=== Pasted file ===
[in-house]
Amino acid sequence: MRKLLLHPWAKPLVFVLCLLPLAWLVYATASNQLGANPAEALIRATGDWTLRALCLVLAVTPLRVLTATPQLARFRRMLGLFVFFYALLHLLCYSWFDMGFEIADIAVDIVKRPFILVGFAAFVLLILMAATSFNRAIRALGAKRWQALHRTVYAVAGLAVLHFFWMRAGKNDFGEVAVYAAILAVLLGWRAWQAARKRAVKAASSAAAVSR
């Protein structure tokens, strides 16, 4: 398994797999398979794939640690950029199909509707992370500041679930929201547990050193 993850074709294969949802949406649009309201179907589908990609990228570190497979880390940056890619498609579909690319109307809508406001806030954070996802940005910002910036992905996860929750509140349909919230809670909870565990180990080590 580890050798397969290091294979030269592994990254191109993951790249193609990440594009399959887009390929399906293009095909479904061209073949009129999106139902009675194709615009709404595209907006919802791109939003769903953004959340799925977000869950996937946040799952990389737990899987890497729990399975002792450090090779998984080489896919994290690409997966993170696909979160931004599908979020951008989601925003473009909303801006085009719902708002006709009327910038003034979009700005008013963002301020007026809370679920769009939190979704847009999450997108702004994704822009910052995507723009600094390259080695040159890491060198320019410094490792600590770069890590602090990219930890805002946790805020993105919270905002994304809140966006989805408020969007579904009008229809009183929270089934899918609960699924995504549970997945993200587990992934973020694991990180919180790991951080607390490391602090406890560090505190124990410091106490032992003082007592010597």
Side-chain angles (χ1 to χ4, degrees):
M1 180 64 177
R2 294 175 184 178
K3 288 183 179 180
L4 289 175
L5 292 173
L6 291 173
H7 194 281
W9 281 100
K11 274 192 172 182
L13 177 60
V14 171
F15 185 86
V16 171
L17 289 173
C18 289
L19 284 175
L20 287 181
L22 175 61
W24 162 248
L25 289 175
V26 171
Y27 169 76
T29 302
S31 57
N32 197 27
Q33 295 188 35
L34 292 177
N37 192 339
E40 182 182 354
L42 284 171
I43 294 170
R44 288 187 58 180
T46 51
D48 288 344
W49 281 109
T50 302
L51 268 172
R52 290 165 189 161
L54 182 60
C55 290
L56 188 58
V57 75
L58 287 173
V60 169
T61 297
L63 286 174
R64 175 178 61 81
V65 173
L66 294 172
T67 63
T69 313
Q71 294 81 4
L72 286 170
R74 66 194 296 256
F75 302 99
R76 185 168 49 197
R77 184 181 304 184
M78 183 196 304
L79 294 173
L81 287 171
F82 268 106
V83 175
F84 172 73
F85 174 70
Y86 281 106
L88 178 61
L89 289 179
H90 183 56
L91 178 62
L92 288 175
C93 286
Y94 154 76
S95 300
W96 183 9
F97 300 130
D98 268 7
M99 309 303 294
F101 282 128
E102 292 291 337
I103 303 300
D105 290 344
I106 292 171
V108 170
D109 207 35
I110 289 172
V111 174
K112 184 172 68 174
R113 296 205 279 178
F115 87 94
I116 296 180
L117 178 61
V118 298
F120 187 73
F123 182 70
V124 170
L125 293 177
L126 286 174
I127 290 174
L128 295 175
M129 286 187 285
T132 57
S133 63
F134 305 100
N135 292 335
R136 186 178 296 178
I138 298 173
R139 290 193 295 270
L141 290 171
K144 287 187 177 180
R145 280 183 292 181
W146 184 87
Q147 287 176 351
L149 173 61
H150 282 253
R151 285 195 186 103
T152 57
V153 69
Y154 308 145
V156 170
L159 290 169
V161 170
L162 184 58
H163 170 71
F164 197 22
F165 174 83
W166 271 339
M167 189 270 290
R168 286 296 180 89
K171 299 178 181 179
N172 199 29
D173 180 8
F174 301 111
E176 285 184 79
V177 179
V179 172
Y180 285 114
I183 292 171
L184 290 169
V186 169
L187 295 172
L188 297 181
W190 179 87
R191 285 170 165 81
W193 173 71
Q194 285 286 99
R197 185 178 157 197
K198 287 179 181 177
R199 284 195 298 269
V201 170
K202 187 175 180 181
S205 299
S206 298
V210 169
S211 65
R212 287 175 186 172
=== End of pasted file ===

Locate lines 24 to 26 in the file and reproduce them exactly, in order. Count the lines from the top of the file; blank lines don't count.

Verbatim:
L25 289 175
V26 171
Y27 169 76